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Fairy Tales Transformed?

Twenty-First-Century Adaptations and the Politics of Wonder

Cristina Bacchilega

Publication Year: 2013

Fairy-tale adaptations are ubiquitous in modern popular culture, but readers and scholars alike may take for granted the many voices and traditions folded into today's tales. In Fairy Tales Transformed?: Twenty-First-Century Adaptations and the Politics of Wonder, accomplished fairy-tale scholar Cristina Bacchilega traces what she terms a "fairy-tale web" of multivocal influences in modern adaptations, asking how tales have been changed by and for the early twenty-first century. Dealing mainly with literary and cinematic adaptations for adults and young adults, Bacchilega investigates the linked and yet divergent social projects these fairy tales imagine, their participation and competition in multiple genre and media systems, and their relation to a politics of wonder that contests a naturalized hierarchy of Euro-American literary fairy tale over folktale and other wonder genres. Bacchilega begins by assessing changes in contemporary understandings and adaptations of the Euro-American fairy tale since the 1970s, and introduces the fairy-tale web as a network of reading and writing practices with a long history shaped by forces of gender politics, capitalism, and colonialism. In the chapters that follow, Bacchilega considers a range of texts, from high profile films like Disney's Enchanted, Guillermo del Toro's Pan's Labyrinth, and Catherine Breillat's Bluebeard to literary adaptations like Nalo Hopkinson's Skin Folk, Emma Donoghue's Kissing the Witch, and Bill Willingham's popular comics series, Fables. She looks at the fairy-tale web from a number of approaches, including adaptation as "activist response" in Chapter 1, as remediation within convergence culture in Chapter 2, and a space of genre mixing in Chapter 3. Chapter 4 connects adaptation with issues of translation and stereotyping to discuss mainstream North American adaptations of The Arabian Nights as "media text" in post-9/11 globalized culture. Bacchilega's epilogue invites scholars to intensify their attention to multimedia fairy-tale traditions and the relationship of folk and fairy tales with other cultures' wonder genres. Scholars of fairy-tale studies will enjoy Bacchilega's significant new study of contemporary adaptations.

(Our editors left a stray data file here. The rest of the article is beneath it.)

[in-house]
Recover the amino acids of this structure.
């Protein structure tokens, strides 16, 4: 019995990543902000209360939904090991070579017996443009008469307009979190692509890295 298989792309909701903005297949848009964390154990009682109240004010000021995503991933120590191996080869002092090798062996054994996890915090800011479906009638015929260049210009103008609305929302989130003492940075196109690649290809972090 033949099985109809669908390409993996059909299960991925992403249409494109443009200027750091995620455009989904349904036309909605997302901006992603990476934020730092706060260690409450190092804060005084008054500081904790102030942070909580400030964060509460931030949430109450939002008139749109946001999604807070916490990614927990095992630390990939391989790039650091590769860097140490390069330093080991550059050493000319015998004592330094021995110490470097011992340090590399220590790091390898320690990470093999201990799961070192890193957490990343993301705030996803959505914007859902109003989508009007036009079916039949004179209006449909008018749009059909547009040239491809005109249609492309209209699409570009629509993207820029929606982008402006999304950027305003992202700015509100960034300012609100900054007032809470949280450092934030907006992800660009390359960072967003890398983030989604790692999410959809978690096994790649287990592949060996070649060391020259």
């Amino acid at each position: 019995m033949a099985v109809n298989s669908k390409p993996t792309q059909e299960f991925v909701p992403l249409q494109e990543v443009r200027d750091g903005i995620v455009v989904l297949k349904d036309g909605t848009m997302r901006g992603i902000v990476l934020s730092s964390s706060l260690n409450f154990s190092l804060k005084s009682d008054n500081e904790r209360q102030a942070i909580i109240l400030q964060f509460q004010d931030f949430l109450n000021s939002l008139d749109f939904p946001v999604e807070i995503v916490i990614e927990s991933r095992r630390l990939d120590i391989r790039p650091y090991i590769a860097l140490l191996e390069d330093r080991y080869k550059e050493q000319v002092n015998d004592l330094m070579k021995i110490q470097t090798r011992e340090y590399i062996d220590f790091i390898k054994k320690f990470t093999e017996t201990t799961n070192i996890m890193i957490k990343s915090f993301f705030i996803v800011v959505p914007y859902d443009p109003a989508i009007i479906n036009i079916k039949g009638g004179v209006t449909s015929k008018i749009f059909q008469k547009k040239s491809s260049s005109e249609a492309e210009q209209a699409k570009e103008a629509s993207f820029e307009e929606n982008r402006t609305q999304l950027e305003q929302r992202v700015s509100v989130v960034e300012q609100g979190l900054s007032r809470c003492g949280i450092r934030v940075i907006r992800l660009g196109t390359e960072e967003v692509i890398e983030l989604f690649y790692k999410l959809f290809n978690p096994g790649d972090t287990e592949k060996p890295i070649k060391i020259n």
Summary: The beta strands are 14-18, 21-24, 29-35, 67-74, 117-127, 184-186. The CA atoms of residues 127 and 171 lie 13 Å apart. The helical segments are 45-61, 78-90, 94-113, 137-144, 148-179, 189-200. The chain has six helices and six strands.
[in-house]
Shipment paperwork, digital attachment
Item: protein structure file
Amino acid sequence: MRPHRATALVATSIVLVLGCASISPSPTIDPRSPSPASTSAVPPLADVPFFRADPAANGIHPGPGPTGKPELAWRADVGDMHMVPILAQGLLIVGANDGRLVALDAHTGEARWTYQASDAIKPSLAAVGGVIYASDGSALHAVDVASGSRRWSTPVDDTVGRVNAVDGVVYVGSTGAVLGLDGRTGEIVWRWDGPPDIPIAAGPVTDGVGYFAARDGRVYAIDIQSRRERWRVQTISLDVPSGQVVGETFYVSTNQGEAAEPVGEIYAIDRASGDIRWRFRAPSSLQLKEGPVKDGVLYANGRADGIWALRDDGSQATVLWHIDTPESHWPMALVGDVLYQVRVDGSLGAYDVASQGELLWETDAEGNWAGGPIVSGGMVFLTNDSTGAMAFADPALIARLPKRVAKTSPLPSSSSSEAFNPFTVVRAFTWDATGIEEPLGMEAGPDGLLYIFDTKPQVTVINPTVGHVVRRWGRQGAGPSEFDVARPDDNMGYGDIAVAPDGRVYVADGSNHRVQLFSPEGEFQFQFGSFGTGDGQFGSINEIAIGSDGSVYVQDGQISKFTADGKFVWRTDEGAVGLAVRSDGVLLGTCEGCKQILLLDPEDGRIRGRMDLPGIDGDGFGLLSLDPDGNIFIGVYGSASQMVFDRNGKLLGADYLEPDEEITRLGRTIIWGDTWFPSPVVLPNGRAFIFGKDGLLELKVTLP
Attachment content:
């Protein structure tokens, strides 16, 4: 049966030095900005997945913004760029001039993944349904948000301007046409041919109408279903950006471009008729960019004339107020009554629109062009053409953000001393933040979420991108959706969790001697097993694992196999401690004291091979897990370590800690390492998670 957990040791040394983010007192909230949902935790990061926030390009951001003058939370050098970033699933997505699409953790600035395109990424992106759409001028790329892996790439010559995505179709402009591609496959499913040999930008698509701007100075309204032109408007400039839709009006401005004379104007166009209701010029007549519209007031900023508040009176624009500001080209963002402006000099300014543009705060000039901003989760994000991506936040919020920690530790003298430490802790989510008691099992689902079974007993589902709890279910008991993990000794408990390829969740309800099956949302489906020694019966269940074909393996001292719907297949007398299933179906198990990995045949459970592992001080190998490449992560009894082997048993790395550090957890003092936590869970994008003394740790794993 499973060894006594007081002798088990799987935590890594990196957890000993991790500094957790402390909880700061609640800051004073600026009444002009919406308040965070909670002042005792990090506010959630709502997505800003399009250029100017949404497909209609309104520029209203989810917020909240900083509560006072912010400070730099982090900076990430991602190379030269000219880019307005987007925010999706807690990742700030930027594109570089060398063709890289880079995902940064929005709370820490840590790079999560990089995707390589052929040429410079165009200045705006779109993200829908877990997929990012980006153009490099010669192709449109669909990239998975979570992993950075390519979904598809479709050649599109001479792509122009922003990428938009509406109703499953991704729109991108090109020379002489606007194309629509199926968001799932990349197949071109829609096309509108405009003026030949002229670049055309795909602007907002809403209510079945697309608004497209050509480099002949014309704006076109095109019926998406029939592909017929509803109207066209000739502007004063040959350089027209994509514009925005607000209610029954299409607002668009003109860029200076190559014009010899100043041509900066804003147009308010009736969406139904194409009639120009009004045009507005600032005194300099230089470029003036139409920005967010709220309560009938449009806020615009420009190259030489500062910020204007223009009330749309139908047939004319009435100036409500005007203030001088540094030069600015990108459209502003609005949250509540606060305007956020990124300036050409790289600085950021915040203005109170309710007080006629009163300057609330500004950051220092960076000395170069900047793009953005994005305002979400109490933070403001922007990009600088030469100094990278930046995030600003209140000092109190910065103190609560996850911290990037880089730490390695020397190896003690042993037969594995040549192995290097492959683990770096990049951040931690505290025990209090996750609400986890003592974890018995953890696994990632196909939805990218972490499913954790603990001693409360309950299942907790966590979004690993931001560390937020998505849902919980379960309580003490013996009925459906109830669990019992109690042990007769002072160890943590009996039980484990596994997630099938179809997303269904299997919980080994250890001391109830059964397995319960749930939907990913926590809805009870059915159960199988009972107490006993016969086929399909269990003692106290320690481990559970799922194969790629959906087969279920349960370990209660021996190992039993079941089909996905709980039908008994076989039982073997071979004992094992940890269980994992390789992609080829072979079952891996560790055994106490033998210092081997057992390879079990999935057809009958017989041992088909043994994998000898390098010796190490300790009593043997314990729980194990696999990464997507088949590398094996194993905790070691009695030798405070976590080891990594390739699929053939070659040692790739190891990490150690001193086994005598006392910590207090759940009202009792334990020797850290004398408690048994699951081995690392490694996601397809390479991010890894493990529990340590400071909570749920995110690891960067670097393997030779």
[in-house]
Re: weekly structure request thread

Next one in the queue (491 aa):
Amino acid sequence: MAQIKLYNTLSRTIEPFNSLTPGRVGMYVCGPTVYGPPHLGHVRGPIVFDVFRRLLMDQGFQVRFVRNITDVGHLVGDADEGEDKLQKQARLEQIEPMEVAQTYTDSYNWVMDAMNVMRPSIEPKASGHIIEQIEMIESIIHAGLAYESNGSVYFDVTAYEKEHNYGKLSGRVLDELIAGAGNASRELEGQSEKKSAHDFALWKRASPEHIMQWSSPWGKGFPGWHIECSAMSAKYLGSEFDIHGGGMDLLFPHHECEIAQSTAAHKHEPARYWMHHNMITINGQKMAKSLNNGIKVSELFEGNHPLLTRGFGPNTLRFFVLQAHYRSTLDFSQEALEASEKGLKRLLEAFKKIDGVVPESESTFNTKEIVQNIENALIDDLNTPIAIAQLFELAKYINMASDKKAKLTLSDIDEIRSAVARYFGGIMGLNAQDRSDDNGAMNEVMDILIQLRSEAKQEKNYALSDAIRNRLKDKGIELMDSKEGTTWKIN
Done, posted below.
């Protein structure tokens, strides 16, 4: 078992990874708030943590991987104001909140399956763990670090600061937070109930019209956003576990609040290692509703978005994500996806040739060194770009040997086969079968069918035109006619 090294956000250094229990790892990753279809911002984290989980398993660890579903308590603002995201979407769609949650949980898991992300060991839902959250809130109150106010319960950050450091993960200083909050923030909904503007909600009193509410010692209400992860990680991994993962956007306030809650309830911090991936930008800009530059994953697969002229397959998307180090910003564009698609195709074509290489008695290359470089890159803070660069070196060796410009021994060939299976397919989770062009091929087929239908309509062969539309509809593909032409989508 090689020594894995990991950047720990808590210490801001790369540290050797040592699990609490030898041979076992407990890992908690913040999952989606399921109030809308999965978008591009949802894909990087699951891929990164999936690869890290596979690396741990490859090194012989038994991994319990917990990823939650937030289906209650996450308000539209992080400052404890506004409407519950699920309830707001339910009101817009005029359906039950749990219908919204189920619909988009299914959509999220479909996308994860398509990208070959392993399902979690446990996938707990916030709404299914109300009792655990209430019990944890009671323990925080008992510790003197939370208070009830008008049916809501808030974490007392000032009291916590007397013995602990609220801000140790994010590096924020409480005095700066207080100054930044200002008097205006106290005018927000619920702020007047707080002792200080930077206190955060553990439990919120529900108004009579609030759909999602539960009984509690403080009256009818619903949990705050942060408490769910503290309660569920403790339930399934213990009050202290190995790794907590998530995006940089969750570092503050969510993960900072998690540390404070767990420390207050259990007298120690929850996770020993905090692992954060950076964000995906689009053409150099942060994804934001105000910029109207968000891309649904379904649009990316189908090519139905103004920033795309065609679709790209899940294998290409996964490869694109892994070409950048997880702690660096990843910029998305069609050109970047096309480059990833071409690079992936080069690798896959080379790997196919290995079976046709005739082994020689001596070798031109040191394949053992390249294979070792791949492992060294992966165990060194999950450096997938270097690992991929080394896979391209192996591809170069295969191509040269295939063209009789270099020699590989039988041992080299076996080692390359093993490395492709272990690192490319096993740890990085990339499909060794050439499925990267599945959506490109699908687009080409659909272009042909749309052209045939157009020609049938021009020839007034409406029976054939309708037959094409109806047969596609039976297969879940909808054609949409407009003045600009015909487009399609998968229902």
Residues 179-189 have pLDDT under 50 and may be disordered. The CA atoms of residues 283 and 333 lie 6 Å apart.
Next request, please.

Published by: Wayne State University Press

Series: Series in Fairy-Tale Studies

Title Page, Series Page, Copyright, Dedication

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pp. ix-x

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Introduction. The Fairy-Tale Web: Intertextual and Multimedial Practices in Globalized Culture, a Geopolitics of Inequality, and (Un) Predictable Links

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pp. 1-30

In 2005 the Bloomingdale’s holiday window display in New York City featured eight popular fairy-tale scenes, ranging from “Cinderella” to “Aladdin.” Highlights of what in that context was a mixed bag of traditions—narrative, festive, commercial, and touristic—remain viewable on About.com Travel to New York City Guide as a series of ten images. The “Cinderella” scene is tagged “Imagine...